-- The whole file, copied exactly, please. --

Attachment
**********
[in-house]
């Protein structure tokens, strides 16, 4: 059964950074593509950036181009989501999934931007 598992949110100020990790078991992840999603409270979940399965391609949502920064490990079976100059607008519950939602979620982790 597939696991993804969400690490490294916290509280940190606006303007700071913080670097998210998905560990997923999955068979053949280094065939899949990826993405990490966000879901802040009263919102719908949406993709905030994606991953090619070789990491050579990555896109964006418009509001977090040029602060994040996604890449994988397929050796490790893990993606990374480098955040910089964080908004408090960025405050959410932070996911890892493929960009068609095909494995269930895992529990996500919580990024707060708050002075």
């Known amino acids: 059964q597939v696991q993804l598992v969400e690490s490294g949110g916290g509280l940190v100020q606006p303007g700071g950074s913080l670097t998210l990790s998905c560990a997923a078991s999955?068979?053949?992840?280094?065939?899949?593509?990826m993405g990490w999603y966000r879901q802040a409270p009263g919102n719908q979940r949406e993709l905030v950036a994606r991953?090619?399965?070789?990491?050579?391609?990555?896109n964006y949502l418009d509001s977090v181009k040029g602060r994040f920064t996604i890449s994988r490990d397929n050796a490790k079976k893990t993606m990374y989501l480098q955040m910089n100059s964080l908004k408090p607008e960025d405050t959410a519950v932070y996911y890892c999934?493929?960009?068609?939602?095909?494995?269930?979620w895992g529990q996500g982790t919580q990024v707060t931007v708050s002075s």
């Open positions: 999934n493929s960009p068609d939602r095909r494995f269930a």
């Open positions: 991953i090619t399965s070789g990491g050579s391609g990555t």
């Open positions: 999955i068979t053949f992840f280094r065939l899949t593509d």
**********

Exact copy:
[in-house]
């Protein structure tokens, strides 16, 4: 059964950074593509950036181009989501999934931007 598992949110100020990790078991992840999603409270979940399965391609949502920064490990079976100059607008519950939602979620982790 597939696991993804969400690490490294916290509280940190606006303007700071913080670097998210998905560990997923999955068979053949280094065939899949990826993405990490966000879901802040009263919102719908949406993709905030994606991953090619070789990491050579990555896109964006418009509001977090040029602060994040996604890449994988397929050796490790893990993606990374480098955040910089964080908004408090960025405050959410932070996911890892493929960009068609095909494995269930895992529990996500919580990024707060708050002075």
């Known amino acids: 059964q597939v696991q993804l598992v969400e690490s490294g949110g916290g509280l940190v100020q606006p303007g700071g950074s913080l670097t998210l990790s998905c560990a997923a078991s999955?068979?053949?992840?280094?065939?899949?593509?990826m993405g990490w999603y966000r879901q802040a409270p009263g919102n719908q979940r949406e993709l905030v950036a994606r991953?090619?399965?070789?990491?050579?391609?990555?896109n964006y949502l418009d509001s977090v181009k040029g602060r994040f920064t996604i890449s994988r490990d397929n050796a490790k079976k893990t993606m990374y989501l480098q955040m910089n100059s964080l908004k408090p607008e960025d405050t959410a519950v932070y996911y890892c999934?493929?960009?068609?939602?095909?494995?269930?979620w895992g529990q996500g982790t919580q990024v707060t931007v708050s002075s």
């Open positions: 999934n493929s960009p068609d939602r095909r494995f269930a």
């Open positions: 991953i090619t399965s070789g990491g050579s391609g990555t």
């Open positions: 999955i068979t053949f992840f280094r065939l899949t593509d």